Pursuant to Washington law, employers must provide specific written disclosures when including a service charge on a bill. Specifically, employers must disclose the percentage of the service charge that is retained by the employer (the “employer portion”) and the percentage paid to the employee(s) serving the customer (the “employee portion”), if any, and this information must appear in an itemized receipt and in any menu provided to the customer. Employers should be especially cognizant of this requirement—if an employer fails to make this disclosure, the entire service charge must be paid to the employee(s) providing the service.
When distributing the employee portion of a service charge, if any, the employee portion must be paid only to the employee(s) who serve the customer (such as bartenders, servers, banquet attendants, captains, barbacks, bussers, etc.). Therefore, the employee portion of a service charge may not be distributed to managers, supervisors or back-of-house employees. The employer portion of a service charge may, however, be distributed as the employer sees fit, including to managers and supervisors.
The DLI guidance includes examples of appropriate service charge disclosure statements and disclosure statements that run afoul of the law, which would require an employer to distribute the entirety of a service charge to the employee(s) serving the customer. For example, a compliant disclosure that includes an employee portion of a service charge would read:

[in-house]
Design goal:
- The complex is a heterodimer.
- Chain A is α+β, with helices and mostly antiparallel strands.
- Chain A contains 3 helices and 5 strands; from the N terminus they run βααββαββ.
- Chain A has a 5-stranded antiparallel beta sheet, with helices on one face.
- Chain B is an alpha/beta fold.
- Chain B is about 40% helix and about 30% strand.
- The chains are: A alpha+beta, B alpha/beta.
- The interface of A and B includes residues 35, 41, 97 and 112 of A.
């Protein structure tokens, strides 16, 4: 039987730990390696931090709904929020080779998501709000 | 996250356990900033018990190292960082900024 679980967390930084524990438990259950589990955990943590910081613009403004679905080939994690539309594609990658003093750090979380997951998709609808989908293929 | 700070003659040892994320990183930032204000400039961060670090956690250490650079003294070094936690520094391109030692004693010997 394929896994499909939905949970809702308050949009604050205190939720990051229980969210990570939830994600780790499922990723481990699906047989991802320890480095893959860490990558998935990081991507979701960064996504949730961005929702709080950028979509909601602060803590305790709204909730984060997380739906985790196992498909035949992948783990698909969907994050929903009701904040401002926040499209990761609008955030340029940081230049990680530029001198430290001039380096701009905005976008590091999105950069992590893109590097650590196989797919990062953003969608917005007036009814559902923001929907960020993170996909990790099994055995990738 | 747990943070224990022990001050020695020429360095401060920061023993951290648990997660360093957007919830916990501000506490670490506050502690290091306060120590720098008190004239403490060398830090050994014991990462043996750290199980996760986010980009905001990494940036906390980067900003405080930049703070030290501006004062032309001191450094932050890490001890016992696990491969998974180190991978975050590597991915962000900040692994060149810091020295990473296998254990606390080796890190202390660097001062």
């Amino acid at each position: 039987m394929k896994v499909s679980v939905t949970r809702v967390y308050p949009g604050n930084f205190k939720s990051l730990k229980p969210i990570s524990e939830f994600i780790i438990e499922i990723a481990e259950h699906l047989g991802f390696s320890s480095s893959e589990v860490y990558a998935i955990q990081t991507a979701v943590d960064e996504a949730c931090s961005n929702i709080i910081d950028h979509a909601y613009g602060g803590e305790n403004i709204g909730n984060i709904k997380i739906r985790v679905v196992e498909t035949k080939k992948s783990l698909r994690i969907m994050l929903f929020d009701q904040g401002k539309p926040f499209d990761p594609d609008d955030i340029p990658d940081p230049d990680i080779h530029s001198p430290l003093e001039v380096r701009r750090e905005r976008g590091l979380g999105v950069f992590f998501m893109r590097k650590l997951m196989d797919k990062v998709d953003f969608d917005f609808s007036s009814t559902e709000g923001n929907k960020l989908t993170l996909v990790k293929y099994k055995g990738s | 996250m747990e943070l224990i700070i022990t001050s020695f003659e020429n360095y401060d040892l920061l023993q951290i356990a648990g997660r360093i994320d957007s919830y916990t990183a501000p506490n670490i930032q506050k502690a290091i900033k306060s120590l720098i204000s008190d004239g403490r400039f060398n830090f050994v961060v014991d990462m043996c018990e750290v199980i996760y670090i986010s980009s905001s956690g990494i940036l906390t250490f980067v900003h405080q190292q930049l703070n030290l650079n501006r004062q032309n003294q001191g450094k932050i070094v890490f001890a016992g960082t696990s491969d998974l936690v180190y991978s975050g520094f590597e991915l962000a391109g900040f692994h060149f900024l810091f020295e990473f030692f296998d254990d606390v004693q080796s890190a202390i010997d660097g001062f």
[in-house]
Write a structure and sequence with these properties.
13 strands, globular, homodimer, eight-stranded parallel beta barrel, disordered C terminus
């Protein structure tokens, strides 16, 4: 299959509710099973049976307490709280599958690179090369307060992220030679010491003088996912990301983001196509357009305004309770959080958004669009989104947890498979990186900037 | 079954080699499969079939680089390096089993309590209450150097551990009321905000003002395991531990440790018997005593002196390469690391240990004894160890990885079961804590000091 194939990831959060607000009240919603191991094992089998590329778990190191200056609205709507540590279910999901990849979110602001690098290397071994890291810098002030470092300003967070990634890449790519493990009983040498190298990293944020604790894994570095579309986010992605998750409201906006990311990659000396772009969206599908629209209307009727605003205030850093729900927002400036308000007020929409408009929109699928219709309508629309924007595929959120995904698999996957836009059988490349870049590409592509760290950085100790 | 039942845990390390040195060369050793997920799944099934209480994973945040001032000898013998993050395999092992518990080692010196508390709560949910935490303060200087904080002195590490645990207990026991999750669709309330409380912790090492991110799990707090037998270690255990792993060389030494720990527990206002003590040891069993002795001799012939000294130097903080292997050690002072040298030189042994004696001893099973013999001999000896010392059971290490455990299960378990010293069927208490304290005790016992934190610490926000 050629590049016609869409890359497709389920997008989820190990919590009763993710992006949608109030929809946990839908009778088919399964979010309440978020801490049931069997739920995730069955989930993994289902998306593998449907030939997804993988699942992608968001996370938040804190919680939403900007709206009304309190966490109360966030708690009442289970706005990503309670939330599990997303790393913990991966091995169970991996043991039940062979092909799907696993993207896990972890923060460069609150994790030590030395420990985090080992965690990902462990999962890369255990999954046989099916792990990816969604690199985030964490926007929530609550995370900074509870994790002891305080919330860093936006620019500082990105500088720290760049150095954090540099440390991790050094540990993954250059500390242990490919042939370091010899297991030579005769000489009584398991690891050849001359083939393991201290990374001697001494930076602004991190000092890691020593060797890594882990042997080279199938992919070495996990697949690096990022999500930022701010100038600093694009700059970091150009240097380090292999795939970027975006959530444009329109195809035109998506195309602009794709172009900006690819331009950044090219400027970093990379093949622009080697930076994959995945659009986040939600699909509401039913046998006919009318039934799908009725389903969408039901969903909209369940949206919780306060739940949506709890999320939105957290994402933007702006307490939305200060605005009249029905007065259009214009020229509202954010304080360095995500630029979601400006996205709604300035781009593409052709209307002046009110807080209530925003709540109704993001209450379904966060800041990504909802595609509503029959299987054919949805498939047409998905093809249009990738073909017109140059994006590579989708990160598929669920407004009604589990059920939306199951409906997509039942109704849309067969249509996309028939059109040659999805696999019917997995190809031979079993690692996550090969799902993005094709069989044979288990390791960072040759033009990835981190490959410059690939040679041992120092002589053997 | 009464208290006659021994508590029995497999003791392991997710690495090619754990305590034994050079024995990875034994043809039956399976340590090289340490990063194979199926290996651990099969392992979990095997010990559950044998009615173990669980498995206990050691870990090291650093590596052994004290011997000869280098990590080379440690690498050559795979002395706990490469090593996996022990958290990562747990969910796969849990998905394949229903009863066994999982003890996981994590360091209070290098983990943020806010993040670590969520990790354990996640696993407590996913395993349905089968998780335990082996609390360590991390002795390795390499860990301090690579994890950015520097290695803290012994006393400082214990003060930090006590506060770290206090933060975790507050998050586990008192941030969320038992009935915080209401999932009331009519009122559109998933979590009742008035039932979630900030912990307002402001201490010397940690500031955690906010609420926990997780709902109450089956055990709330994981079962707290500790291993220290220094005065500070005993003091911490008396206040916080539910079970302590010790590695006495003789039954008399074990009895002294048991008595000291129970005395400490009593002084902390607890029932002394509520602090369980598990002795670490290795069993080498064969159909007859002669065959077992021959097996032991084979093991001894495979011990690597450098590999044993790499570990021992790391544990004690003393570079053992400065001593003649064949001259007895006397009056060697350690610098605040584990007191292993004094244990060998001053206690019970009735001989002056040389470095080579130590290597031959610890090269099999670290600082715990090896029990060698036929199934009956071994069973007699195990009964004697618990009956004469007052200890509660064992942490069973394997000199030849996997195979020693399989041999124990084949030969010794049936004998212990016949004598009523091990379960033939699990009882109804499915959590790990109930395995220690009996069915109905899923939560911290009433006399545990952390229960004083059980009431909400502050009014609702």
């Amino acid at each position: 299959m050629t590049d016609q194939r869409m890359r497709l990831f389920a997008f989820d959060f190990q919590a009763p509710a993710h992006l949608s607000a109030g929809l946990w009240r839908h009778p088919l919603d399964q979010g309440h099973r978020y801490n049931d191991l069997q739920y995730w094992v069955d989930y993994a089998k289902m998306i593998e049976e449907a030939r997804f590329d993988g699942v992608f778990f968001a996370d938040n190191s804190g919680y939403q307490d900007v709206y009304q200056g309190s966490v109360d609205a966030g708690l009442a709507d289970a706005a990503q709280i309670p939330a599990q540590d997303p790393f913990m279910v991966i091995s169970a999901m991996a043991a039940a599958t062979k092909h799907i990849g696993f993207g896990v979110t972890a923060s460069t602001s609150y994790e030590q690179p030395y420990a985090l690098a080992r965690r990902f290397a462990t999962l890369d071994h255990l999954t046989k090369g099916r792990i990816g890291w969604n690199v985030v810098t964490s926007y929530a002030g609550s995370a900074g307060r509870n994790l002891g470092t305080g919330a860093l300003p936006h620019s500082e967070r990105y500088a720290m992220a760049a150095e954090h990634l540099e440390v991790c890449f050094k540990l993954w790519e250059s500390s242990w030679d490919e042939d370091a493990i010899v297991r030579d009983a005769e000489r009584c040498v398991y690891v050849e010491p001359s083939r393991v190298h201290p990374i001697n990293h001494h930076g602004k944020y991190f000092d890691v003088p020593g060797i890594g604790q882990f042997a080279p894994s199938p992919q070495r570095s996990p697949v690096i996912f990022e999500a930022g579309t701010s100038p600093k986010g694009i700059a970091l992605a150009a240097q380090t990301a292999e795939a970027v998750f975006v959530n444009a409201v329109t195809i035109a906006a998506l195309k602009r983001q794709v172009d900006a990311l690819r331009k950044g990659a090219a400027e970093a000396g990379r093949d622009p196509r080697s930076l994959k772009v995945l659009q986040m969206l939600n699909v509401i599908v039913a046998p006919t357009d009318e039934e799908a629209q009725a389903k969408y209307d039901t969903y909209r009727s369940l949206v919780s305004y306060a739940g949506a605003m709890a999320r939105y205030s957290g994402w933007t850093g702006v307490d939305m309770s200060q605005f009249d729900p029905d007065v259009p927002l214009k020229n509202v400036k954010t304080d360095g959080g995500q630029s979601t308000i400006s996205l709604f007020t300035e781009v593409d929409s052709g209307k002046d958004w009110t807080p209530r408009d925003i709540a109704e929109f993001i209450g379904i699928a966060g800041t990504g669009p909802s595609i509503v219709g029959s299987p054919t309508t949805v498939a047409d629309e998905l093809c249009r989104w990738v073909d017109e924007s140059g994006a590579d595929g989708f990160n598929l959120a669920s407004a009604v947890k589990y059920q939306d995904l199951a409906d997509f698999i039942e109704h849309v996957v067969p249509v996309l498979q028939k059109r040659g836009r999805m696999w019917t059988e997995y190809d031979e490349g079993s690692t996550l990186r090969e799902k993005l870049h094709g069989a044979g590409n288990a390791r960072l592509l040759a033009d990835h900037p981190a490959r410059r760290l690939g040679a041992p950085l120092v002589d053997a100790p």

“A service charge of ___% / $___ will be added to your bill. The ___% of this service charge is paid to the employee or employees who served you today.”
In contrast, a compliant disclosure that does not include an employee portion of the service charge would read:
“A service charge of ___% / $___ will be added to your bill. 100% of this service charge is retained by [Employer Name].”
For a complete list of the DLI’s examples of appropriate and inappropriate service charge disclosure statements, see pages 4-5 of the DLI’s guidance.
Payment of Tips and Deductions
Tips and gratuities (or the share of tips due to employees from a tip pool) and the employee’s portion of a service charge received in cash may be retained by the employees. If, however, the tips and/or service charge are received by the employer (whether in cash from the customer or via credit card), the employer must pay the tips and employee portion of the service charge to the employee no later than the end of the pay period in which they were earned. Employers must also keep records of all tips and service charges paid to employees.
If tips and/or service charges are charged to a credit card, an employer is permitted to deduct a prorated amount of any transaction fee charged by the credit card company. However, employers are not permitted to deduct any more than the prorated transaction fee, which means employers may not deduct from an employee’s tips or service charge any cash register shortages or other business expenses.
In light of the DLI’s guidance, employers should contact counsel to review and revise their current tip pool and service charge policies to ensure compliance with the law and the DLI guidance document.
For more information about this Alert, please contact Carolyn D. Richmond at 212.878.7983 or [email protected], Glenn S. Grindlinger at 212.905.2305 or [email protected], or any other member of Fox Rothschild LLP’s Labor & Employment Department.